On May 9, the U.S. District Court for the Northern District of California granted summary judgment to Altshuler Berzon LLP’s clients International Brotherhood of Electrical Workers, Local 302, and Operating Engineers Local 3 in a pair of cases against Marathon Petroleum Co. at its refinery in Martinez, California. Marathon refused to arbitrate the Unions’ grievances about whether it violated a project labor agreement by subcontracting construction work to non-union contractors who did not agree to comply with the agreement. The federal court rejected Marathon’s argument that it had no duty to arbitrate the Unions’ grievances and issued orders compelling arbitration. The orders compelling arbitration are available here and here.

Altshuler Berzon LLP files motion for preliminary injunction against The Salvation Army challenging policy prohibiting access to medication for opioid use disorder at Adult Rehabilitation Centers

On May 5, 2023, Altshuler Berzon LLP, together with Justice Catalyst Law, filed motions for a preliminary injunction and provisional class certification in the District of Massachusetts federal court in Tassinari v. The Salvation Army, No. 1:21-cv-10806 (D. Mass.). The motions filed today seek an order prohibiting The Salvation Army from enforcing its current categorical ban on access to prescribed methadone and buprenorphine medications for opioid use disorder (MOUD) as to individuals with opioid use disorder who participate in, apply to, or inquire about access to housing or services at any of The Salvation Army’s 29 Adult Rehabilitation Centers (ARCs) in the northeastern United States. The lawsuit alleges that The Salvation Army’s categorical policy prohibiting access to these standard-of-care life-saving medications for people with opioid use disorder at its ARCs constitutes unlawful disability discrimination in violation of Section 504 of the Rehabilitation Act and the Fair Housing Act. The motions seek relief to prevent irreparable harm to people with opioid use disorder in the midst of the current national opioid epidemic, by removing barriers to their access to housing, services, and critical medication.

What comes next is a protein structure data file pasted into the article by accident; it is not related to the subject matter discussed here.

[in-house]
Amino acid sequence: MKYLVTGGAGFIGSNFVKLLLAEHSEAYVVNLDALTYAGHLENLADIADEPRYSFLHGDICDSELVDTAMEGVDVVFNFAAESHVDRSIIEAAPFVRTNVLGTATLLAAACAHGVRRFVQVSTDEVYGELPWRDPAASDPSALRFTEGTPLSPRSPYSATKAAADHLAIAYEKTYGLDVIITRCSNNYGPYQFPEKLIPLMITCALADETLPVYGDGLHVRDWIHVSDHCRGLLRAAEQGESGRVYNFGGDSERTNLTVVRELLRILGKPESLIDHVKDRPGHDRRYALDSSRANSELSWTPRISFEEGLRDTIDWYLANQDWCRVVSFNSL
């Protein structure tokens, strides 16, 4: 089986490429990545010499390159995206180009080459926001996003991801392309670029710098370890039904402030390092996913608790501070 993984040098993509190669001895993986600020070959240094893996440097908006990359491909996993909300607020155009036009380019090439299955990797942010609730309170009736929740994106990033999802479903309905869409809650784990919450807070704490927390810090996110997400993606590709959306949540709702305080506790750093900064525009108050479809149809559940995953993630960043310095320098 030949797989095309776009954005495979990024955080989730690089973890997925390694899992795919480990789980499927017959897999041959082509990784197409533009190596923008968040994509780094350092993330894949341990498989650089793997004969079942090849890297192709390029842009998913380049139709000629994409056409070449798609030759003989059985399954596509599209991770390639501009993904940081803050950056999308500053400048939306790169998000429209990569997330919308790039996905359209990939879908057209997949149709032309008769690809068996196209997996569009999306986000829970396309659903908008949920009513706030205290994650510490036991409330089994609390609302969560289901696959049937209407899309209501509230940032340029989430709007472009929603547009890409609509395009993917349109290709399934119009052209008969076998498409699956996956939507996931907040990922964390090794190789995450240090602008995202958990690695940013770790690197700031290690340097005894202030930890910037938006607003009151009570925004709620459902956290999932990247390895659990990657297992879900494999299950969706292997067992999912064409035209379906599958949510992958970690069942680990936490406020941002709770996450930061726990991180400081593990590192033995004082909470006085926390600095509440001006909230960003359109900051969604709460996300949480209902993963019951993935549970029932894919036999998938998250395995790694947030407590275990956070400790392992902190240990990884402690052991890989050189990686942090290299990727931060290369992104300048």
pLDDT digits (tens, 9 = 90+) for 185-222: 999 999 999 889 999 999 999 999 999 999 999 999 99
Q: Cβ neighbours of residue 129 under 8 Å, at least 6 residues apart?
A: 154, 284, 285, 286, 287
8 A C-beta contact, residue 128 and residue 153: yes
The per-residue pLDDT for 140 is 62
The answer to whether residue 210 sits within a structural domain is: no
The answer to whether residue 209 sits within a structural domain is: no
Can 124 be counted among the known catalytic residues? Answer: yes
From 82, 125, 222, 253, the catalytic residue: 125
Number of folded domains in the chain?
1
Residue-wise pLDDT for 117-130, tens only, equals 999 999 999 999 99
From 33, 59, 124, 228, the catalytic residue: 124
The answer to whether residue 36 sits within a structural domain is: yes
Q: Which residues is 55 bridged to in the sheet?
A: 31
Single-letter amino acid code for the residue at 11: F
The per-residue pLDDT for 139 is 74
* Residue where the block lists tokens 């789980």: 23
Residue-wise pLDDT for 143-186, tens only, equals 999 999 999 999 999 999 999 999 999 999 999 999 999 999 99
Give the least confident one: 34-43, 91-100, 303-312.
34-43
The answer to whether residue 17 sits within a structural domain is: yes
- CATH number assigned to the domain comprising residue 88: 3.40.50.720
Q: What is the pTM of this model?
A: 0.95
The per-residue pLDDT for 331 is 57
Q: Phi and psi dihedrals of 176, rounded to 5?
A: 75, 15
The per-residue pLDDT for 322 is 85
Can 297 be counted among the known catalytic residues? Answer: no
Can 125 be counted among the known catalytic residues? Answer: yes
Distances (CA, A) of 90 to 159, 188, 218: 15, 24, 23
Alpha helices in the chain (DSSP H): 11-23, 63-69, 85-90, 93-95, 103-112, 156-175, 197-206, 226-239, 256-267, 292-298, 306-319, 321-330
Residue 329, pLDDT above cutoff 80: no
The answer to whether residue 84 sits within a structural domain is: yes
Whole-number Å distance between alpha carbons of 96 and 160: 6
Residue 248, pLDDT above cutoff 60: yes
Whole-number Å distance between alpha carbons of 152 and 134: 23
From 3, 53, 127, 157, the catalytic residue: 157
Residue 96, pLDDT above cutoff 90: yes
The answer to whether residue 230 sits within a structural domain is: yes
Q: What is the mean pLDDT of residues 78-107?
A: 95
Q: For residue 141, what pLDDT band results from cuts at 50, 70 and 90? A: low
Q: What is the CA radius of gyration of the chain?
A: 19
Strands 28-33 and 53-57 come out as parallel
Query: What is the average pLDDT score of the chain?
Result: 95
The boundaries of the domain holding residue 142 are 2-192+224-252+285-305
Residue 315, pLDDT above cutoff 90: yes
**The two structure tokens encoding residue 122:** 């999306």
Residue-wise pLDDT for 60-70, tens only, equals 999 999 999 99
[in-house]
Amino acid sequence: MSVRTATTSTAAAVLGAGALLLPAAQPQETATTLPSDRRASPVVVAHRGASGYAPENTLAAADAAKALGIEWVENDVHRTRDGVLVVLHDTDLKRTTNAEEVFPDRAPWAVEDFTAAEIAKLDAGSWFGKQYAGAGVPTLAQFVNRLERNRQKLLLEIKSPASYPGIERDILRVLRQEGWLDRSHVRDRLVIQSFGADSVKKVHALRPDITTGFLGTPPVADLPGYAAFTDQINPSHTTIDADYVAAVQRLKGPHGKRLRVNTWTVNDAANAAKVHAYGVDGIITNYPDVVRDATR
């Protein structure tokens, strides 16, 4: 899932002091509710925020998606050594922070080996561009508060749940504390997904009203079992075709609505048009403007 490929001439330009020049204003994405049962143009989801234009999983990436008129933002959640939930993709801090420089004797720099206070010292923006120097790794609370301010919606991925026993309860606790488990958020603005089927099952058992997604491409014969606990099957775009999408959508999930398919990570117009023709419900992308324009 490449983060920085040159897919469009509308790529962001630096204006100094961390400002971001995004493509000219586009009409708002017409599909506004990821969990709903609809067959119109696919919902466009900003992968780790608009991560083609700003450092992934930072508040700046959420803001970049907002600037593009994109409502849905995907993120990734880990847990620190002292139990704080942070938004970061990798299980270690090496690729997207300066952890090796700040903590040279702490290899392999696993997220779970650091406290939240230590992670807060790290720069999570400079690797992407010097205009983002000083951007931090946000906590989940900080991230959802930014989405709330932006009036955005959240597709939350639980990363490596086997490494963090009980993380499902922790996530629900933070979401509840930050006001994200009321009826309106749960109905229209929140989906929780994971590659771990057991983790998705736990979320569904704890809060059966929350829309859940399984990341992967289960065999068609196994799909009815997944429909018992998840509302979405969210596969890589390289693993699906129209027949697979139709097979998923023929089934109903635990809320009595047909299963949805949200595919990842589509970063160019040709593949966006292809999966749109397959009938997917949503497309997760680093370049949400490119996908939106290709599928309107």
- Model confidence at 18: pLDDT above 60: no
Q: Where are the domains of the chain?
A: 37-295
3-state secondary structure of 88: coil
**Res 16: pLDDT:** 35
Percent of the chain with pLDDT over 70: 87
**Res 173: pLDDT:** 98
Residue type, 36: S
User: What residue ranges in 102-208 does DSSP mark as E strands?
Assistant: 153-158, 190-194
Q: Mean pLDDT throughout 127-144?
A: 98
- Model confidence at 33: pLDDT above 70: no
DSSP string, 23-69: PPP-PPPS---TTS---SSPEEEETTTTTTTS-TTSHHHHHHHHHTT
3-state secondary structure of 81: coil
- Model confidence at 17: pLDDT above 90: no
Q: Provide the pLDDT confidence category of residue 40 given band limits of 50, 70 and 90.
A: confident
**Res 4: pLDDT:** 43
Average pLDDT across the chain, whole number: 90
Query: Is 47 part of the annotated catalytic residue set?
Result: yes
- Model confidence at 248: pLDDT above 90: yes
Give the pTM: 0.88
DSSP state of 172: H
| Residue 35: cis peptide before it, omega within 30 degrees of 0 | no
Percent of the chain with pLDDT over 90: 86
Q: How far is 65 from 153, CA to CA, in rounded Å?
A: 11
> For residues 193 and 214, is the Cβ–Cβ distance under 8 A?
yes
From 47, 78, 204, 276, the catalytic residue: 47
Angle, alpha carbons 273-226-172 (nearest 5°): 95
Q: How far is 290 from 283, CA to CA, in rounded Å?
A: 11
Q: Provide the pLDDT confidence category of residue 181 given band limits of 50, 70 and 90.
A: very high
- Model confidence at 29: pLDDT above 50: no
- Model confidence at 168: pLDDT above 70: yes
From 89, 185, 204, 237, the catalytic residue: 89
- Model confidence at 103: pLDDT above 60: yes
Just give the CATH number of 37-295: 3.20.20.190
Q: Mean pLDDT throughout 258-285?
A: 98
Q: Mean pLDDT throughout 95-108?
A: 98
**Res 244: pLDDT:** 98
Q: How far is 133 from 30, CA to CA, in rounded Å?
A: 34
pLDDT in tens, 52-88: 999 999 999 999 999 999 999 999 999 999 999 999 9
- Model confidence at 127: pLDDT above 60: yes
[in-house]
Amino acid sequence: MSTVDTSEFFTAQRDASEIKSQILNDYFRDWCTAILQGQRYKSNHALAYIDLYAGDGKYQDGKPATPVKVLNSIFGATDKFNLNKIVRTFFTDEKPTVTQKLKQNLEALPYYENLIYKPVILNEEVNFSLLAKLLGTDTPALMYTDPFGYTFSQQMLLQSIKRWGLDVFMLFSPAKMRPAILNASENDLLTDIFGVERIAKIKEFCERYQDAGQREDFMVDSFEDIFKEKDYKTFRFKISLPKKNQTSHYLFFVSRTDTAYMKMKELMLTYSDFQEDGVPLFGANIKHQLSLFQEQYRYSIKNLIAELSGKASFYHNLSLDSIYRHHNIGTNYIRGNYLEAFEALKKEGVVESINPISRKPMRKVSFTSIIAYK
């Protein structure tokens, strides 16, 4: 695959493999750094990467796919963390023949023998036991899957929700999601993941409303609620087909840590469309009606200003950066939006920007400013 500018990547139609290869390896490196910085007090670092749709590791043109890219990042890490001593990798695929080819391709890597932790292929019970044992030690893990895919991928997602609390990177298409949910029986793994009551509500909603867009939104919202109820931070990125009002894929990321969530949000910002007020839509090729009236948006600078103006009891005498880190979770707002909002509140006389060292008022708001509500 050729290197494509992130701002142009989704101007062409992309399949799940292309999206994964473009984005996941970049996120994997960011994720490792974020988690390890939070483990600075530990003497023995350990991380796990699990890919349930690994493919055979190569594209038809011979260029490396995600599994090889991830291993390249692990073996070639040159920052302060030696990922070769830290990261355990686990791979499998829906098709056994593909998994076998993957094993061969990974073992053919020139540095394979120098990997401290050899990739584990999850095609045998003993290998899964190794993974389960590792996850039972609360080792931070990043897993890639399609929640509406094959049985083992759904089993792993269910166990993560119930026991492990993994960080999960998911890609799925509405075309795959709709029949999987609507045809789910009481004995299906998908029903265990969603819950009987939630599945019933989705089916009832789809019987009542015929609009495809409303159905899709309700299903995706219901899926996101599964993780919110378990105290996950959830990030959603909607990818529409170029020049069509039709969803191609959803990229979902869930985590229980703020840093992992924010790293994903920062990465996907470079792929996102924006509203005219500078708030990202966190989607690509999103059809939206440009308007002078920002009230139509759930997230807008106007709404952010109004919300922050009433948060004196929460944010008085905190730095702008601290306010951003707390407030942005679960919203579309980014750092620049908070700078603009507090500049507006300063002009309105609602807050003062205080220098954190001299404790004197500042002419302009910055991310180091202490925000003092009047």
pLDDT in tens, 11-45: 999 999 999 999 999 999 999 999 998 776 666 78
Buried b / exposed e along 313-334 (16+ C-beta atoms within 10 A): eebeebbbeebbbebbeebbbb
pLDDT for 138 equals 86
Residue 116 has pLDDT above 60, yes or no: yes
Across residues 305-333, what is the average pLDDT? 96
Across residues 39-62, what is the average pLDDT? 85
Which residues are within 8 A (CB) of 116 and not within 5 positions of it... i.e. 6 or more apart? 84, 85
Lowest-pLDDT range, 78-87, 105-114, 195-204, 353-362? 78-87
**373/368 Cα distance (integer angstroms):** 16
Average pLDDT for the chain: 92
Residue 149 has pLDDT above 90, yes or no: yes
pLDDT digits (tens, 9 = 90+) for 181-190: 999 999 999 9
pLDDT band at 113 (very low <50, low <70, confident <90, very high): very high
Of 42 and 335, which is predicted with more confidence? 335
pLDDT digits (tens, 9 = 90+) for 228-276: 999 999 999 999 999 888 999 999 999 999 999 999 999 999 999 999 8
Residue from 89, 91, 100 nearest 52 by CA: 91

The operative Second Amended Complaint can be found here. Plaintiffs’ motions for a preliminary injunction and for provisional class certification can be found here and here. Plaintiffs’ proposed combined brief in support of both motions can be found here.